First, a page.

Hathaway meets Cruz... things take a turn... and then somebody, at some point, and I'm not quite sure how or why yet, is forced to say, "Dammit, get me [Mickey Rourke's character's name]!" Oh, high-level government figures will be involved; don't think they won't. And I can say that without tipping my hand; the beauty of the new political world we're all living in is that, for at least the three or four more years that the United States stays solvent, pretty much anybody of any race or gender can play pretty much any part when it comes to high-level government figures.
I'll be honest, though: I'm looking forward to seeing who joins RDJ and Amy Adams with Jameson's next pick. Thank God it won't be Anne Hathaway or Mickey Rouke.
BRANDON: Am I crazy, or did Joe just propose the first major studio feature with lesbian lead characters since 1996's Bound? I have to admire his chutzpah and marketing savvy, as well as his charity in finding a home for wayward lesbian Mickey Rourke.
Heath Ledger. I had to pass up some pretty enticing options making this pick, but I think Ledger (who, for our purposes, survives at least long enough to complete principal photography on this movie) should add something very interesting. I'm operating on the assumption that The Dark Knight was a major turning point for him, a departure from his hit-or-miss past toward a trajectory of captivating character work. Putting him and Robert Downey, Jr. opposite each other guarantees fireworks - I haven't decided yet whether they'll be dramatic fireworks (Ledger as the young priest who confronts RDJ as an abusive paterfamilias in Beginning of the End) or comic ones (pair them up as U.S. Marshals in a Ben Stiller-style buddy movie/thriller spoof Offbeat). This move may push Amy Adams to more of a supporting role than a co-lead, we'll have to wait and see. In either case, I know she can handle it.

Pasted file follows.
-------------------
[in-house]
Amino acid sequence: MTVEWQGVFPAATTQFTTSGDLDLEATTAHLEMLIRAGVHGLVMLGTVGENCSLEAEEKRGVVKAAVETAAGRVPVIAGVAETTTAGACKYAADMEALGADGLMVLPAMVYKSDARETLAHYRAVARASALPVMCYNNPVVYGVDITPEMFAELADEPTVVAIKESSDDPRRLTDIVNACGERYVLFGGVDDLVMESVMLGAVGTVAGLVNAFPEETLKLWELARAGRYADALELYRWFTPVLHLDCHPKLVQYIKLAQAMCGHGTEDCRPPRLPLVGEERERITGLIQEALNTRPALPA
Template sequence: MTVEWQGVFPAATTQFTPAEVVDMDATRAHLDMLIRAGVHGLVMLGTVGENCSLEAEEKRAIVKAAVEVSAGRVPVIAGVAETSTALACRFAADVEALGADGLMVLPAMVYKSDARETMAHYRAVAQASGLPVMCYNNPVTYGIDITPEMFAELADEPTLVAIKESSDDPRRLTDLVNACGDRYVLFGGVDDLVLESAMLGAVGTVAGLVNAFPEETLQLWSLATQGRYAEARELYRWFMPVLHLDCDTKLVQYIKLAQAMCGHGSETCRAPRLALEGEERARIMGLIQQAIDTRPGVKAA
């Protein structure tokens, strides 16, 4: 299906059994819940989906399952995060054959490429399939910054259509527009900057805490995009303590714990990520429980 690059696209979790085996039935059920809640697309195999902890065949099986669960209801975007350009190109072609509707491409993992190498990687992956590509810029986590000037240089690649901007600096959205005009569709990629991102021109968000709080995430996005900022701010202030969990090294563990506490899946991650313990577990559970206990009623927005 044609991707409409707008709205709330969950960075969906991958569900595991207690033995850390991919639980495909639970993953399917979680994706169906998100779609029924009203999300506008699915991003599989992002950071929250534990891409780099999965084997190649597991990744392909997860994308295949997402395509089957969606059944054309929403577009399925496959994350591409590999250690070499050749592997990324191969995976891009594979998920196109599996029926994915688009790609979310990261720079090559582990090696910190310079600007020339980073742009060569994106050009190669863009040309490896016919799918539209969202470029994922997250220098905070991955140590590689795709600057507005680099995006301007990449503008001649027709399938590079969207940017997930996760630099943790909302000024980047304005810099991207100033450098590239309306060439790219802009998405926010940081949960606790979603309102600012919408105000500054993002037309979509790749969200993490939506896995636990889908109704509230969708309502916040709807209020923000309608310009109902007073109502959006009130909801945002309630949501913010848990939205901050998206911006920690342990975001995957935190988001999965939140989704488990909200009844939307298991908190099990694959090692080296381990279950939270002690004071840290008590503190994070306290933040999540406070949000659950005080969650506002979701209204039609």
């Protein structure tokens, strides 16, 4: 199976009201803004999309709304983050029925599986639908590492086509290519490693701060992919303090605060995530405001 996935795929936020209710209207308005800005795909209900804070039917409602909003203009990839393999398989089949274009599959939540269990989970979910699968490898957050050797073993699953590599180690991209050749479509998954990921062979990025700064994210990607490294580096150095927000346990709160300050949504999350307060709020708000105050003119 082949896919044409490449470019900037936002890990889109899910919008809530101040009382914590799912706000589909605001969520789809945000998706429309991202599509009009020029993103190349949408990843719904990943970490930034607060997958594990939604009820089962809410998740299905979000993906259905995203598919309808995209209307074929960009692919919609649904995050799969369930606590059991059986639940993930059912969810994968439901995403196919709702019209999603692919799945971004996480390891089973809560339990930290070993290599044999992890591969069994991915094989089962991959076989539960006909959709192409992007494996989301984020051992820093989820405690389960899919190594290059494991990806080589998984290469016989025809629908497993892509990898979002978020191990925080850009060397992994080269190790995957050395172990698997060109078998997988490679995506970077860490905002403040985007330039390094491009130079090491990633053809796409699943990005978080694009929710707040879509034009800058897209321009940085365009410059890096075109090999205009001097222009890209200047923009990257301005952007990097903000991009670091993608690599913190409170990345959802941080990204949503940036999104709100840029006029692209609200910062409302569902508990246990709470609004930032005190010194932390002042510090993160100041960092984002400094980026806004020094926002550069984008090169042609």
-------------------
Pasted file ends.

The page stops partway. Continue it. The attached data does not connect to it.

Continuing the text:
Meryl Streep. If you're just going to leave the greatest living film actress sitting out there this long, I'm not going to not take her. Come on! Now you know I loves me some comedy, so I'm certainly leaning that way, and while Marisa Tomei's Oscar for My Cousin Vinny makes for a nice story/urban legend, there's nothing in her filmography that matches the comic chops displayed by Meryl in Defending Your Life, Adaptation, and with her voice over work as Jessica Lovejoy on The Simpsons. (I love Kate Winslet too, but comedy? Not so much.) But given the vast array of experience on hand now between Pitt, Hoffman, and Streep, I can go with any genre I want. The Point: Is it a complex relationship drama? A farcical comedy of one-upsmanship? Or a brainy action/thriller pitting three former West Point grads against each other in violent competition? Why not all three? Yeah, good luck focusing on anything else (including not peeing in your pants) for the rest of the draft, suckers!